On October 23, CC Legal and Public Project Leads from Armenia, Azerbaijan, and Georgia met in Tbilisi, Georgia for a workshop to discuss the CCi license porting process in their jurisdictions. The workshop was facilitated by representatives of the Eurasia Partnership Foundation (EPF) and Nena Antic, Legal Project Lead from CC Serbia.
At the workshop, the Project Leads from the South Caucasus presented base-line assessments of their jurisdiction’s copyright legislation, a follow-up to the detailed reports they conducted in summer 2008. The results were evaluated to determine the steps required to port the core CC licenses to the legal framework in each respective jurisdiction.
Nena Antic shared her experience with the CCi license porting process in Serbia by highlighting the main obstacles, lessons learned, and CC Serbia’s tangible results so far. Nena provided in-depth explanations for the changes she introduced to adapt the CC licensing suite to Serbian law and led the workshop’s discussion on legal terminology, the NC & ND license elements, and Collective Rights Management.
Vazgen Karapetyan, EPF’s Senior Cross-Border Programs Officer and co-organizer of the workshop, remarked, “As a whole, the workshop proved highly instrumental in familiarizing the participating Affiliate Institutions with the successful experience of their Serbian counterpart. Learning about the necessary changes to port the CC licenses will definitely help the Legal Project Leads in Armenia, Azerbaijan, and Georgia develop their own first draft licenses.”
The first drafts from the three South Caucasus nations are expected to enter the public discussion on December 1, 2008.
The CC license porting commenced in the South Caucasus in May 2008 when the EPF announced a regional grant competition titled Support to the Adoption of Creative Commons Licensing Framework in the Countries of the South Caucasus. The Center for Information Law and Policy (Armenia) and the Young Lawyers Union (Azerbaijan) were identified as competition winners. On July 14, 2008, the two organizations were awarded individual grants to implement their 12-month projects in collaboration with Creative Commons International. In Georgia, a team of local legal experts representing Business Intelligence and Valuation GROUP – “BVG”, Ltd. was contracted by EPF/Georgia to oversee the CC Georgia project in partnership with the above Armenian and Azerbaijani organizations and CCi.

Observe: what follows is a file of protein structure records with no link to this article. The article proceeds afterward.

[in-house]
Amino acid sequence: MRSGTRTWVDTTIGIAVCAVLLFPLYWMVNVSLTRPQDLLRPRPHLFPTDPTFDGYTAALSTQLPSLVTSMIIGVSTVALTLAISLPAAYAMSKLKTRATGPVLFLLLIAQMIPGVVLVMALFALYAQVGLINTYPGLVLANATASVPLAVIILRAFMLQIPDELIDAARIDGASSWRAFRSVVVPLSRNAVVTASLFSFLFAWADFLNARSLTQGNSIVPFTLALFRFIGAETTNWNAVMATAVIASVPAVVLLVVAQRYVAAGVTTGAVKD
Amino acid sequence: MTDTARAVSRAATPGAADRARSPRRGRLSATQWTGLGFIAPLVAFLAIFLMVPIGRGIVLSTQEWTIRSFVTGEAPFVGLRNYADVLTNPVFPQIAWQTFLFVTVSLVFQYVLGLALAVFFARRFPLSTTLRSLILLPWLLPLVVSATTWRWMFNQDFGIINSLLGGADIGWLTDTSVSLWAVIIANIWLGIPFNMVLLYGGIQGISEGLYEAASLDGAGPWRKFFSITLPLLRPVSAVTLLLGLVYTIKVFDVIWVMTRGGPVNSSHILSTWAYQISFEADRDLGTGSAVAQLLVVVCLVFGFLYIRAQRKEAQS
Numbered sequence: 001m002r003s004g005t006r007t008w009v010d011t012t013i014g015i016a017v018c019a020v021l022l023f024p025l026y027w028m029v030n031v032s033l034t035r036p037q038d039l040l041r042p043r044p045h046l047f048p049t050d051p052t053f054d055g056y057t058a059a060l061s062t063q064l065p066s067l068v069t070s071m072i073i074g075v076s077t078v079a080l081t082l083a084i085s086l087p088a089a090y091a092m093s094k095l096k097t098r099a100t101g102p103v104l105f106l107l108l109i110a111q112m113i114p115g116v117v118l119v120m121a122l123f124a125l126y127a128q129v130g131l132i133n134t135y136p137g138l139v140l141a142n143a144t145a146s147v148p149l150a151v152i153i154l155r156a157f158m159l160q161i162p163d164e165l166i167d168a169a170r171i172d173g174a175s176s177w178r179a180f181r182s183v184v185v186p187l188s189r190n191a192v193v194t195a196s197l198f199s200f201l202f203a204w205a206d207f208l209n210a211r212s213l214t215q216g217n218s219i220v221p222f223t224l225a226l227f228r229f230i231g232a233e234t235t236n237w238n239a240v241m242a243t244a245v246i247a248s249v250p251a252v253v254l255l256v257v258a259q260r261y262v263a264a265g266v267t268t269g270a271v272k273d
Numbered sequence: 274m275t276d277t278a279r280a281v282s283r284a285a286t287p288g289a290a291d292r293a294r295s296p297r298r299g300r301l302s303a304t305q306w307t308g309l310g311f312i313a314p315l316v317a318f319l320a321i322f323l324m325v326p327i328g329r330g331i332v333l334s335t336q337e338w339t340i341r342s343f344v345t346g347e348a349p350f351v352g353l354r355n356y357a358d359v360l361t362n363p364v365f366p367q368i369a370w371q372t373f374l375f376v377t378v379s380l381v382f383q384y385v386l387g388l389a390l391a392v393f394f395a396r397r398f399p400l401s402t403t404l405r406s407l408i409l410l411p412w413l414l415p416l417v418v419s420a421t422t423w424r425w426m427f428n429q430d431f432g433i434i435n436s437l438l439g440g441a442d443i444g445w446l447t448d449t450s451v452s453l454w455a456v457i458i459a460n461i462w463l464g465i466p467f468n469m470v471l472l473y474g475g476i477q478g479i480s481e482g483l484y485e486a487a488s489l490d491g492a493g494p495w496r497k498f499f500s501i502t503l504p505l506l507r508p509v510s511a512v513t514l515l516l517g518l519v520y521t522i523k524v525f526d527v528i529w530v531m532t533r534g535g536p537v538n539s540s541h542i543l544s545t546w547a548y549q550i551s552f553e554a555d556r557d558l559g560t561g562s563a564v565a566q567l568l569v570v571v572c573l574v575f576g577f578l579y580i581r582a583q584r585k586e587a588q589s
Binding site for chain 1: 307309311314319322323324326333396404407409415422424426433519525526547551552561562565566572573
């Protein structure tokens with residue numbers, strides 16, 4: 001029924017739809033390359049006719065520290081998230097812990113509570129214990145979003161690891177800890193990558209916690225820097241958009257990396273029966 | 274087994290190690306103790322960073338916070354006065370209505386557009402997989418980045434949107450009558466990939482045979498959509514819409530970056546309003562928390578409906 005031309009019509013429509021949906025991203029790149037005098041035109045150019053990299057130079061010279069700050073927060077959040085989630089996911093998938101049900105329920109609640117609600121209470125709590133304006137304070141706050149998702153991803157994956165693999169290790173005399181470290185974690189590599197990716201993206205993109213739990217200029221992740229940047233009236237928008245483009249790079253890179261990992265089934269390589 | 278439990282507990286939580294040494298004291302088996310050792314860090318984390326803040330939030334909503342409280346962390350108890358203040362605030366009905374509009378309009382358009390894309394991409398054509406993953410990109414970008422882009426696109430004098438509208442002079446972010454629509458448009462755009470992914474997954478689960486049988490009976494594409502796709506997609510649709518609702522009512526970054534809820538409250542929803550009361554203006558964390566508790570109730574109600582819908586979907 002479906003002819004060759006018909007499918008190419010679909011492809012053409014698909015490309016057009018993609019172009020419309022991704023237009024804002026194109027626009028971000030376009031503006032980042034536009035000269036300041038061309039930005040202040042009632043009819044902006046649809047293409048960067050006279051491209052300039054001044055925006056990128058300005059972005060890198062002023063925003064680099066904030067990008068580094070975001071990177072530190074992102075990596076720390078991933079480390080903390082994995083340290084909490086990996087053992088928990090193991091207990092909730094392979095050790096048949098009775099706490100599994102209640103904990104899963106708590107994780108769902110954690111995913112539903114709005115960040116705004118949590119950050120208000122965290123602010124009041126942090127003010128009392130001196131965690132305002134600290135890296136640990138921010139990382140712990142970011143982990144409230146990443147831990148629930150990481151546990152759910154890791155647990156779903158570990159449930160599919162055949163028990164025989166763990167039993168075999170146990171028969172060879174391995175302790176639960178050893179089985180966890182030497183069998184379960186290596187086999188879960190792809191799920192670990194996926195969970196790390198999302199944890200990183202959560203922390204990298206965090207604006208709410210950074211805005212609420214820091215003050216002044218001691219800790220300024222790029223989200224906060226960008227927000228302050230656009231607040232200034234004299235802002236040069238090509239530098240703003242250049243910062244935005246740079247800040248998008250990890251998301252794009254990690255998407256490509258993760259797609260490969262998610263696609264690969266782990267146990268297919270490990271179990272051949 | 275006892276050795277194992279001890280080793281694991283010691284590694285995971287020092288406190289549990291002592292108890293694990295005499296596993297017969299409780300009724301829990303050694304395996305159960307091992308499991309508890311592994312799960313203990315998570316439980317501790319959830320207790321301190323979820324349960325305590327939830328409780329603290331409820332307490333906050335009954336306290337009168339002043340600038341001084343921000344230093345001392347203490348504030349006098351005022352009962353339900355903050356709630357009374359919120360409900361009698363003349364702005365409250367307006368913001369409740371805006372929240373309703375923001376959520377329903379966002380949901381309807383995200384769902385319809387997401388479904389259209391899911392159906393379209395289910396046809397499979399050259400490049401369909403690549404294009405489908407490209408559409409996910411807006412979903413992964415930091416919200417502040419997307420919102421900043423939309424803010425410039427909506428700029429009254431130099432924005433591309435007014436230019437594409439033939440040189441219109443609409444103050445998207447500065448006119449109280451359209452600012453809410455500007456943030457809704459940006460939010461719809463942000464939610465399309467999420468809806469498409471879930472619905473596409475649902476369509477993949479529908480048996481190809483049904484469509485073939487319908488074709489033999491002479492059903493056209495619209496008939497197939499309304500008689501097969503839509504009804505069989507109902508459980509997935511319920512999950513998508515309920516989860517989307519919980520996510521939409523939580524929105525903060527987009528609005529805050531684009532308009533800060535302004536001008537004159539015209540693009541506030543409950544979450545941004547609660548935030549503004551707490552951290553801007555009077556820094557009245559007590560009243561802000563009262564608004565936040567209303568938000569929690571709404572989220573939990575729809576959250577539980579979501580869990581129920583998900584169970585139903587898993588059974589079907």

Image: “Tbilisi Old District” in the public domain.No Comments »
IE Business School, an international leader in business, offers masters and doctorate degrees via an innovative blend of in-class and online course methods. Though its central campus is in Madrid, the school caters to students from more than 65 countries around the world, and recently it has opened up its multimedia documentation to everyone else.
“IE develops multimedia documentation for both online and face to face courses. More than one hundred modules across all management areas have been developed in house. These modules include multimedia case studies, simulations, online games, interactive graphs and exercises.”
The multimedia is offered in both Spanish and English and is released online under CC BY-NC-ND.No Comments »
In a little under two weeks, CC Salon LA returns (11/11/08) with a fantastic combination of presenters – joining us will be web radio collective Dublab and Lucas Gonze, net-label theorist and XSPF developer.
Both presentations will discuss how CC, and ‘openness’ in general, is affecting web radio and net labels, both from an economic and artistic vantage, with a Q&A to follow each. Additionally, Dublab will
be bringing a physical ‘Into Infinity’ loop station, allowing Salon goers to create their own 8-second loops in the vein of Into Infinity, the CC/Dublab co-sponsored art exhibit ask salon attendees to create noise – both as a group and as individuals – which will be recorded and turned into audio loops that will be used for the Into Infinity project, a new art exhibition produced in collaboration with Creative Commons.